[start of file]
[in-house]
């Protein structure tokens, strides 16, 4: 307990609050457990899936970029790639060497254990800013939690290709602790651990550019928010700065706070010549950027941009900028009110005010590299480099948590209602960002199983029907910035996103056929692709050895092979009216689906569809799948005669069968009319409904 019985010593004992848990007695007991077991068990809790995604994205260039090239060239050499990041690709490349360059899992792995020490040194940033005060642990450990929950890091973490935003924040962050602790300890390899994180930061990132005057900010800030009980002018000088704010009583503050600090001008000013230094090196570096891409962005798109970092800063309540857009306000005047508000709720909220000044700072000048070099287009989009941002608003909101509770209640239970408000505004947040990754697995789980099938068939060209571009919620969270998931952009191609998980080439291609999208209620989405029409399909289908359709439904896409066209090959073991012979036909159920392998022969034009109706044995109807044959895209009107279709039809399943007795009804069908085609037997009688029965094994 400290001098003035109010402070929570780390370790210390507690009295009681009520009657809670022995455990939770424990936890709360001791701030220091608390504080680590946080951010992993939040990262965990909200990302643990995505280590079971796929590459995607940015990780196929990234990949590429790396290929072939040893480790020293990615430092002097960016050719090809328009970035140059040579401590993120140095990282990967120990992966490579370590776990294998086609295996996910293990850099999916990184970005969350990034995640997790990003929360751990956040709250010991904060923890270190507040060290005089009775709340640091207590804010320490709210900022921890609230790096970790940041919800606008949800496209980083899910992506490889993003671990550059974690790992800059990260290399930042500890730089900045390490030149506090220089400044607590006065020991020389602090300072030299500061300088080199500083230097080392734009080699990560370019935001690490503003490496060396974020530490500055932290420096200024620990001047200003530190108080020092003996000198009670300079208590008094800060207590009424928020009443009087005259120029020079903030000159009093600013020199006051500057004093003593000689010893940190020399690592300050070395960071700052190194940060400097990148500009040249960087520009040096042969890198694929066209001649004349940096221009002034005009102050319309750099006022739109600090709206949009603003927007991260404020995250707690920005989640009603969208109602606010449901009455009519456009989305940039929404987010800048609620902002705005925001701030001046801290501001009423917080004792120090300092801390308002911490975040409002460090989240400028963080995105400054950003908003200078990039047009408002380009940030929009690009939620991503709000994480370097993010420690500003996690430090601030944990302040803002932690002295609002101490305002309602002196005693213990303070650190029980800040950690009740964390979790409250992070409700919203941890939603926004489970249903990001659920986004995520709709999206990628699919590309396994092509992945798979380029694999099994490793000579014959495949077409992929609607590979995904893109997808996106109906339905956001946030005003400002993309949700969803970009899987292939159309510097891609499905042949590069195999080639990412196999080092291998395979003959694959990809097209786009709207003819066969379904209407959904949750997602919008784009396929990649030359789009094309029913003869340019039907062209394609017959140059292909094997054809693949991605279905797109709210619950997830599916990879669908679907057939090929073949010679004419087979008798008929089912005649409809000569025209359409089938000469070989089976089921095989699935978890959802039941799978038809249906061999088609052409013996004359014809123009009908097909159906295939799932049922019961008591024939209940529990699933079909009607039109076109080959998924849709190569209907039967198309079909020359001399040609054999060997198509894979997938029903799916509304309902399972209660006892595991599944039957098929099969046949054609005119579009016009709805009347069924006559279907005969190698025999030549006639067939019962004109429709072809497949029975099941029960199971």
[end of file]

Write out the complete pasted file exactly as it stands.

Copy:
[in-house]
């Protein structure tokens, strides 16, 4: 307990609050457990899936970029790639060497254990800013939690290709602790651990550019928010700065706070010549950027941009900028009110005010590299480099948590209602960002199983029907910035996103056929692709050895092979009216689906569809799948005669069968009319409904 019985010593004992848990007695007991077991068990809790995604994205260039090239060239050499990041690709490349360059899992792995020490040194940033005060642990450990929950890091973490935003924040962050602790300890390899994180930061990132005057900010800030009980002018000088704010009583503050600090001008000013230094090196570096891409962005798109970092800063309540857009306000005047508000709720909220000044700072000048070099287009989009941002608003909101509770209640239970408000505004947040990754697995789980099938068939060209571009919620969270998931952009191609998980080439291609999208209620989405029409399909289908359709439904896409066209090959073991012979036909159920392998022969034009109706044995109807044959895209009107279709039809399943007795009804069908085609037997009688029965094994 400290001098003035109010402070929570780390370790210390507690009295009681009520009657809670022995455990939770424990936890709360001791701030220091608390504080680590946080951010992993939040990262965990909200990302643990995505280590079971796929590459995607940015990780196929990234990949590429790396290929072939040893480790020293990615430092002097960016050719090809328009970035140059040579401590993120140095990282990967120990992966490579370590776990294998086609295996996910293990850099999916990184970005969350990034995640997790990003929360751990956040709250010991904060923890270190507040060290005089009775709340640091207590804010320490709210900022921890609230790096970790940041919800606008949800496209980083899910992506490889993003671990550059974690790992800059990260290399930042500890730089900045390490030149506090220089400044607590006065020991020389602090300072030299500061300088080199500083230097080392734009080699990560370019935001690490503003490496060396974020530490500055932290420096200024620990001047200003530190108080020092003996000198009670300079208590008094800060207590009424928020009443009087005259120029020079903030000159009093600013020199006051500057004093003593000689010893940190020399690592300050070395960071700052190194940060400097990148500009040249960087520009040096042969890198694929066209001649004349940096221009002034005009102050319309750099006022739109600090709206949009603003927007991260404020995250707690920005989640009603969208109602606010449901009455009519456009989305940039929404987010800048609620902002705005925001701030001046801290501001009423917080004792120090300092801390308002911490975040409002460090989240400028963080995105400054950003908003200078990039047009408002380009940030929009690009939620991503709000994480370097993010420690500003996690430090601030944990302040803002932690002295609002101490305002309602002196005693213990303070650190029980800040950690009740964390979790409250992070409700919203941890939603926004489970249903990001659920986004995520709709999206990628699919590309396994092509992945798979380029694999099994490793000579014959495949077409992929609607590979995904893109997808996106109906339905956001946030005003400002993309949700969803970009899987292939159309510097891609499905042949590069195999080639990412196999080092291998395979003959694959990809097209786009709207003819066969379904209407959904949750997602919008784009396929990649030359789009094309029913003869340019039907062209394609017959140059292909094997054809693949991605279905797109709210619950997830599916990879669908679907057939090929073949010679004419087979008798008929089912005649409809000569025209359409089938000469070989089976089921095989699935978890959802039941799978038809249906061999088609052409013996004359014809123009009908097909159906295939799932049922019961008591024939209940529990699933079909009607039109076109080959998924849709190569209907039967198309079909020359001399040609054999060997198509894979997938029903799916509304309902399972209660006892595991599944039957098929099969046949054609005119579009016009709805009347069924006559279907005969190698025999030549006639067939019962004109429709072809497949029975099941029960199971």